I love my books. I love turning a new one over in my hand, the smell of fresh ink on paper and the colours and design of the cover. I have about five hundred that I’ve been collecting since I was a child, transporting them through three countries and five cities. Recently I unboxed some from the garage and among them I found an early edition of Bobby Sands’ One day in my Life that he had written in Long Kesh and smuggled out during the Hunger strike. My A – Level English teacher, a dungaree wearing radical, had lent it to me in the early eighties and I had never given it back. I winced when I read the inscription. It must have meant a lot to her. I felt terrible. Who knows how she came by it? It would probably never have been found on the shelves of any UK bookshops at that time and it felt heavy with history in my hands.
As I tucked it away on my special bookshelf that I keep for favourites and signed copies, I wondered how many books I’d be placing there in the years to come. My own novel will soon be there hopefully, but I’m not sure how many more because I now read on a Kindle. I know I am not alone among writers in this. A show of hands at a recent author’s fair I attended indicated that over eighty percent of the writers there were at it.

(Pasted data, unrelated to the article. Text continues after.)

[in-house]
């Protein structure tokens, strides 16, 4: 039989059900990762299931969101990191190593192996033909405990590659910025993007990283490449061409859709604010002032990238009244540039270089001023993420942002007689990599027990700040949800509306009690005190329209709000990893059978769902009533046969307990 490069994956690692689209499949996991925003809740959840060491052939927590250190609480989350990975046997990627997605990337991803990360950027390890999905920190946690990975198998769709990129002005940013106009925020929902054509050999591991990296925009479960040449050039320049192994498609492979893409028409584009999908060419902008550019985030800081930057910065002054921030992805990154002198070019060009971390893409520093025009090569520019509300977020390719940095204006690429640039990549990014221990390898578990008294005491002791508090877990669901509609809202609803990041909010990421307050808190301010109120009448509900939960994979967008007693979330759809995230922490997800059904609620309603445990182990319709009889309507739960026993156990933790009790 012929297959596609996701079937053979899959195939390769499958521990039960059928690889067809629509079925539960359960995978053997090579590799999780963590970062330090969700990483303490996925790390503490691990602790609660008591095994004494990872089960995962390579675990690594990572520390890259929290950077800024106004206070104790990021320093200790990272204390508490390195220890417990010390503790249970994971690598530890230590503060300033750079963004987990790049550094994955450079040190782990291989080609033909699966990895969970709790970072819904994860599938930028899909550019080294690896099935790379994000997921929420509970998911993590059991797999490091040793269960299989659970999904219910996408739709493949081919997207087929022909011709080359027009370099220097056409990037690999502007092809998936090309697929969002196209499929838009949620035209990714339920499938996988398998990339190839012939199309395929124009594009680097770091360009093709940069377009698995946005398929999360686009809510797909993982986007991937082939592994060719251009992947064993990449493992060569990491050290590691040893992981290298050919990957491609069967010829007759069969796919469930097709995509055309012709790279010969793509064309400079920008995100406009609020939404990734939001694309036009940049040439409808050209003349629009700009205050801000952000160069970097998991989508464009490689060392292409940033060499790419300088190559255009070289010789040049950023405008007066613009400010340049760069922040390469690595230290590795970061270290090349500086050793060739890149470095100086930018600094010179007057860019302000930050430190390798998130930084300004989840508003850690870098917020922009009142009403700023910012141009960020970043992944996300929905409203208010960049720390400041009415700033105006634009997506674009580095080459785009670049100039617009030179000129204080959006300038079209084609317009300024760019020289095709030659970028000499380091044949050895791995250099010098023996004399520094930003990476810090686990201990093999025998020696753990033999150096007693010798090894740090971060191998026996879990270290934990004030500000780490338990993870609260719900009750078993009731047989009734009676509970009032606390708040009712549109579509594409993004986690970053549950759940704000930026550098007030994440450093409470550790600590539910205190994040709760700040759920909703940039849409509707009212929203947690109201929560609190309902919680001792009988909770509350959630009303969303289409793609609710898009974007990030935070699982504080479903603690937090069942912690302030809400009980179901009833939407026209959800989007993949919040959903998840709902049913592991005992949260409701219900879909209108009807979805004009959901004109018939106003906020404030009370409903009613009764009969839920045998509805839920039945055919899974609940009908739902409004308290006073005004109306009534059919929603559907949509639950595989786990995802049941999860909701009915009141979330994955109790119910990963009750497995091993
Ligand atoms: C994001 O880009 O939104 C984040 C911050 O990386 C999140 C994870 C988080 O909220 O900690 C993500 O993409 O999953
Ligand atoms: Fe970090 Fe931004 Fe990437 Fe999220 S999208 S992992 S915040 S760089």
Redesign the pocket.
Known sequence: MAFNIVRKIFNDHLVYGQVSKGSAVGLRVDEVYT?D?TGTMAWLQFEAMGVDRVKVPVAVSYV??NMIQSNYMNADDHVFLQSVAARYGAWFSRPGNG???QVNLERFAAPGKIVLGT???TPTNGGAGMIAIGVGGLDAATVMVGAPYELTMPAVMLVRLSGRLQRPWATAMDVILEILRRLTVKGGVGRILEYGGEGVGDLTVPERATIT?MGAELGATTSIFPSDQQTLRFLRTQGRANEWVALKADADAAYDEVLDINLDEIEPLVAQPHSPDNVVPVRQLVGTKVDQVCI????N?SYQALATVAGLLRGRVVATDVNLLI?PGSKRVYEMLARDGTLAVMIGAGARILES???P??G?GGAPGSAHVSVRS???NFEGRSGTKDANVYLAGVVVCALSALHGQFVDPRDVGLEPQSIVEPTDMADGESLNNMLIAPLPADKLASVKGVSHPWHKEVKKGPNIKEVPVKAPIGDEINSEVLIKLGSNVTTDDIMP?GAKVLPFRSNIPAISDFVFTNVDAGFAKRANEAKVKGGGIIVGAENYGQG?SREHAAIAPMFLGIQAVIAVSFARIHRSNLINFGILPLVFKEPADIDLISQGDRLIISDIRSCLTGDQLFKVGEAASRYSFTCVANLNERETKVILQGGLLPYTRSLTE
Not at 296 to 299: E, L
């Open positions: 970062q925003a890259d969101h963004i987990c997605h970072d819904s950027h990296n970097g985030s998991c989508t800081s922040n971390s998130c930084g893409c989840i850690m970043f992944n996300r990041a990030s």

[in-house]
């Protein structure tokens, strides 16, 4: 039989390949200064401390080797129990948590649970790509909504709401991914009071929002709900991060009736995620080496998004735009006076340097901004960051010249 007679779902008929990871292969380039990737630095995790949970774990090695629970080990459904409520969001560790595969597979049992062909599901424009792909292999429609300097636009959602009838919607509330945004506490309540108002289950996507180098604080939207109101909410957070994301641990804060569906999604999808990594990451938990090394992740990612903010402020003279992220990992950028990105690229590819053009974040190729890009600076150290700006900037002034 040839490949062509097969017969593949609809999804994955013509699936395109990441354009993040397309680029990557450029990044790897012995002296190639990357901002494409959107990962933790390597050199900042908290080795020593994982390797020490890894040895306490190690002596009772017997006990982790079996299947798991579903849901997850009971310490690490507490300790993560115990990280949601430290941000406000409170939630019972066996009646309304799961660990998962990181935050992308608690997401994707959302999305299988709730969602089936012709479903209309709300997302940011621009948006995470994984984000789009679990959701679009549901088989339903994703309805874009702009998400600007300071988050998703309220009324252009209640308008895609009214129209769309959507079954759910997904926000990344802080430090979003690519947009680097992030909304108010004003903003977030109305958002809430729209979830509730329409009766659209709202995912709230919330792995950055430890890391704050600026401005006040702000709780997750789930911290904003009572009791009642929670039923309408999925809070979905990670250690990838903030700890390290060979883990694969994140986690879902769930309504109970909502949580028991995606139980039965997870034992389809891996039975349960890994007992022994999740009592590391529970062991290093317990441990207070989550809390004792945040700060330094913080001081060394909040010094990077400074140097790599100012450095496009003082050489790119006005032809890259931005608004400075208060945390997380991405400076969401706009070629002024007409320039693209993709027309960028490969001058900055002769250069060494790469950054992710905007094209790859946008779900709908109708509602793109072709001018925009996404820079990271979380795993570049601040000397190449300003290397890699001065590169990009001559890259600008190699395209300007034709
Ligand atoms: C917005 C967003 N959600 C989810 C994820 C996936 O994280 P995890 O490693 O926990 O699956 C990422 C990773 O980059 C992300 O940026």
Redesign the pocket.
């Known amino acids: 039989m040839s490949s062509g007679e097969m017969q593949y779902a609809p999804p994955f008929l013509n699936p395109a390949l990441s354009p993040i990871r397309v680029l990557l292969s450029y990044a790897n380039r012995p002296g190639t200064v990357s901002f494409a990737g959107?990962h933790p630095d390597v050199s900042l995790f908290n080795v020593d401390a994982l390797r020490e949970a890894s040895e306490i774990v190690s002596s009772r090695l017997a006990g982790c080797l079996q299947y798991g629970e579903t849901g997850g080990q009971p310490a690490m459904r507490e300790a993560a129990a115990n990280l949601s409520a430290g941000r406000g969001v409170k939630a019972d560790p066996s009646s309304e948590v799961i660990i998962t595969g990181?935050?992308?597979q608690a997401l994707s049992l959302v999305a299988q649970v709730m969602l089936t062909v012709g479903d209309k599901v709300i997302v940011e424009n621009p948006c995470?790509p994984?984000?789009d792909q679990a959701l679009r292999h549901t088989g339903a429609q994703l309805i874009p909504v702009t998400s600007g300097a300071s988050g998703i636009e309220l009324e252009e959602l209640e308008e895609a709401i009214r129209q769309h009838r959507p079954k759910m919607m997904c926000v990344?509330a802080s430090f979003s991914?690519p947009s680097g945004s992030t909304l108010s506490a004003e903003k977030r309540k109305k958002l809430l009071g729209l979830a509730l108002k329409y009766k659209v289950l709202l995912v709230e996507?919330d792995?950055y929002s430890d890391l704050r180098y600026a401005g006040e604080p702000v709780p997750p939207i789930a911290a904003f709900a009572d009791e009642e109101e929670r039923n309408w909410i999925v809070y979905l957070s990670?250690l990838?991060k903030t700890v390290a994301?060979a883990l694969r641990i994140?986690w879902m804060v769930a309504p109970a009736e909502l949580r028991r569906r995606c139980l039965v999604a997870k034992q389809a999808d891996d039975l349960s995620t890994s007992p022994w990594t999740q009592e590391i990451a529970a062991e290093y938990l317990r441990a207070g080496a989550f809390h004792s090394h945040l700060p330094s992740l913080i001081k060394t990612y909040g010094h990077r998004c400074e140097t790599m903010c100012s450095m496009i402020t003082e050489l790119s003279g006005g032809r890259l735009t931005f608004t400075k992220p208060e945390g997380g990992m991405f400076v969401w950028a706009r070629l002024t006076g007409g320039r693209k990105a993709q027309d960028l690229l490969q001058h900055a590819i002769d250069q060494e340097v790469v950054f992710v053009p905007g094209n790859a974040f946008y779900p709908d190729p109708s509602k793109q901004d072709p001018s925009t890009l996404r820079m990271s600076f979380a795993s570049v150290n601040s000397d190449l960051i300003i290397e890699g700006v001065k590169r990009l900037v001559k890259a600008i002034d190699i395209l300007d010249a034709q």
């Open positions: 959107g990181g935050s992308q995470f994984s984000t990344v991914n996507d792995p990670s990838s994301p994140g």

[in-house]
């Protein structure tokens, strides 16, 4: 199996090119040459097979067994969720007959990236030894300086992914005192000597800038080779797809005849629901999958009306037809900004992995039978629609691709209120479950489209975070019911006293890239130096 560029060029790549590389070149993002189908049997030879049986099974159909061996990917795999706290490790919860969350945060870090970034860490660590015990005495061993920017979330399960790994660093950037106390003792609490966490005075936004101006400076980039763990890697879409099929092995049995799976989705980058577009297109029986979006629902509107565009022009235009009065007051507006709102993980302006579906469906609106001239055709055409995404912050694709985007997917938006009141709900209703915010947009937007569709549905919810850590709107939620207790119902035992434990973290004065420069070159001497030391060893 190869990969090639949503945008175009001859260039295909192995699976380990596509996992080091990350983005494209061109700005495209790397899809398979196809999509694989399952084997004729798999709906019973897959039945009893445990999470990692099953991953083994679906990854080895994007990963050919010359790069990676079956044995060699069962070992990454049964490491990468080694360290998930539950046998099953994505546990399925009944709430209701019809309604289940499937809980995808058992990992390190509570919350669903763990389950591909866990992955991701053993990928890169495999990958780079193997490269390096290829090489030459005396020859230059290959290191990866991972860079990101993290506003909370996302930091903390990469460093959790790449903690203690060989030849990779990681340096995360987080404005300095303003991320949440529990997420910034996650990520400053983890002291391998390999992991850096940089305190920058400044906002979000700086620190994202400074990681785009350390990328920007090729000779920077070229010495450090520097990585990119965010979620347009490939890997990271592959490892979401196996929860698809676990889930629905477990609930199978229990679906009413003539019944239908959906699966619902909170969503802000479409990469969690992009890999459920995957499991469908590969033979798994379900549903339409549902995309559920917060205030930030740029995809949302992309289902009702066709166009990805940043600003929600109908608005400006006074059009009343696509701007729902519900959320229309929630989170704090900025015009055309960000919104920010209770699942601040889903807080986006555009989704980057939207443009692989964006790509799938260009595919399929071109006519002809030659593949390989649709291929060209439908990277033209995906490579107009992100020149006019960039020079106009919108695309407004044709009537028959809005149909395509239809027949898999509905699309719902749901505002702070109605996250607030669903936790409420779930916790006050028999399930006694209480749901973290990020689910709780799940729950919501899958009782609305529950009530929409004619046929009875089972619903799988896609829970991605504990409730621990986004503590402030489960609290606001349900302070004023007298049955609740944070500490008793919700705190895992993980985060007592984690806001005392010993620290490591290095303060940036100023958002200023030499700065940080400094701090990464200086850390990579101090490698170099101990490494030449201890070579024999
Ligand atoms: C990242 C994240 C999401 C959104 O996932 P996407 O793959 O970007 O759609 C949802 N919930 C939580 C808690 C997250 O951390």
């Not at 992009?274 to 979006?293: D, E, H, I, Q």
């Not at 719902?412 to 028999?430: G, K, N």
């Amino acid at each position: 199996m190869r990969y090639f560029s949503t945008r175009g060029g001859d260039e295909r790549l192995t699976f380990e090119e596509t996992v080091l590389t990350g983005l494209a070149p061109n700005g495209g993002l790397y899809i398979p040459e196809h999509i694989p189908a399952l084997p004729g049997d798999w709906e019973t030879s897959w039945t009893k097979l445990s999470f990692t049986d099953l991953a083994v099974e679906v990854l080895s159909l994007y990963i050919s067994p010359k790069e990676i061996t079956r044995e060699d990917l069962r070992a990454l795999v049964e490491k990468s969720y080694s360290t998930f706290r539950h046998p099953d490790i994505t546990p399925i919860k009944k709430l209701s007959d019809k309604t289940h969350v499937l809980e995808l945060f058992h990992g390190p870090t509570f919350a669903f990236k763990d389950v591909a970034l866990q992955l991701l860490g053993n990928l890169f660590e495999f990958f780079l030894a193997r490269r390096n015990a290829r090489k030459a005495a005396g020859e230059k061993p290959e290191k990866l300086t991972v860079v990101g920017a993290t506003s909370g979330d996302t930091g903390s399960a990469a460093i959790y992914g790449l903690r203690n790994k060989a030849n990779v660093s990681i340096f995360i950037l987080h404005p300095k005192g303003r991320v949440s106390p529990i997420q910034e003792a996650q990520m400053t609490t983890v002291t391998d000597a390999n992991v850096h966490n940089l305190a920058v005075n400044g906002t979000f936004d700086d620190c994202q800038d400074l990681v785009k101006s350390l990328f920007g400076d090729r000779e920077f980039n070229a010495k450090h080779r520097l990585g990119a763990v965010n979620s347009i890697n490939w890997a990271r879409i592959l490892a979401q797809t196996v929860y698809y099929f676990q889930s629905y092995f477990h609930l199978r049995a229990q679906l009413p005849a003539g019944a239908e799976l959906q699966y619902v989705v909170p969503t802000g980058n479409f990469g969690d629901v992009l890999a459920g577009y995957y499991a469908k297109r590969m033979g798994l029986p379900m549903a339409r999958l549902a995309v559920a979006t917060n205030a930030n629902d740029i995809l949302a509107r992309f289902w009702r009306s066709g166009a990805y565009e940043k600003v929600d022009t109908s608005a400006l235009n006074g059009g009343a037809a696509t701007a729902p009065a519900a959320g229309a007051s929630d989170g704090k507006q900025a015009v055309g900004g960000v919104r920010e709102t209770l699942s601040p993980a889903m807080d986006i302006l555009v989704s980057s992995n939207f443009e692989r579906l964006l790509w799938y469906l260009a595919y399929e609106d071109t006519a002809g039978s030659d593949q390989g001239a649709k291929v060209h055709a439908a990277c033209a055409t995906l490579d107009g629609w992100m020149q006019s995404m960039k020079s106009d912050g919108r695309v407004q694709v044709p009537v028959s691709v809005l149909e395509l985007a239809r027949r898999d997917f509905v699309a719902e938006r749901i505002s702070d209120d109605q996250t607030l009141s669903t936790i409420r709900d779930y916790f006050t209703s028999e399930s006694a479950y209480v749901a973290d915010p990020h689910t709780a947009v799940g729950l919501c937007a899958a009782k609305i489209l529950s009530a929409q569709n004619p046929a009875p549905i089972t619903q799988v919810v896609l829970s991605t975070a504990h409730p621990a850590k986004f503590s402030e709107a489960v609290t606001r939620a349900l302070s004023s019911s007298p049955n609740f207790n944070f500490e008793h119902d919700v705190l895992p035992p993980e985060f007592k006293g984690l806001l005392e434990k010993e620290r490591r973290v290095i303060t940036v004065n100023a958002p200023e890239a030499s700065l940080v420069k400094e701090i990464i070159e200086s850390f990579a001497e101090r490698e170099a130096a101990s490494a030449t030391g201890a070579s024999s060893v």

I succumbed to a Kindle paper white a few months ago when my novel found a publisher. I had resisted for some time but I convinced myself I needed to experience a Kindle if I were to have my own e book. I read on it reluctantly at first, like a child being force-fed a new vegetable but I soon became addicted. I like its convenience, the way it can slip easily into my bag, its weight and touch screen page turning action. I like the way I can change the font size and I’ve put away my reading glasses.
I can now read in bed without a lamp and in direct sunlight without a towel over my head.
I read more and possibly faster on a Kindle and whenever I read a printed book (and I still do), it feels slightly cumbersome. Cost is a big factor. Once the device is paid for, a new e-book can cost up to a third of the price of the printed version. If you’re an avid reader like me that’s a big saving. Then there’s accessibility. That “Oh I can’t wait to read that” feeling is satisfied in a minute with a quick download, wherever you are at the time.
And yet I feel uneasy. I feel I am letting myself down, like smoking when I’ve been drinking or driving the kids to school instead of walking. I am taking the lazy option, worshipping at the temple of Amazon and betraying my local bookshop. I still buy cheap printed books and browse in shops (I find no pleasure browsing on a Kindle) but sadly I do it far less than I used to.
The thing I miss most is passing on books to friends and family, discussing them and connecting with others through stories. I recently read an article by the writer Niall Williams about the relationship between himself and his father and how they had connected through books. For Williams, the words “For Niall, my books.” contained a world of meaning when his father left them to him in his will. He pointed out that the words, “For my daughter, my Kindle.” could never have the same effect.
Who knows how things will pan out in the future? I’d like to think my children might keep my Kindle on a special shelf somewhere when I go but I’m also hoping the printed book will be wildly fashionable again by then in the same way vinyl records have made a comeback and they’ll be fighting over my collection, Bobby Sands included.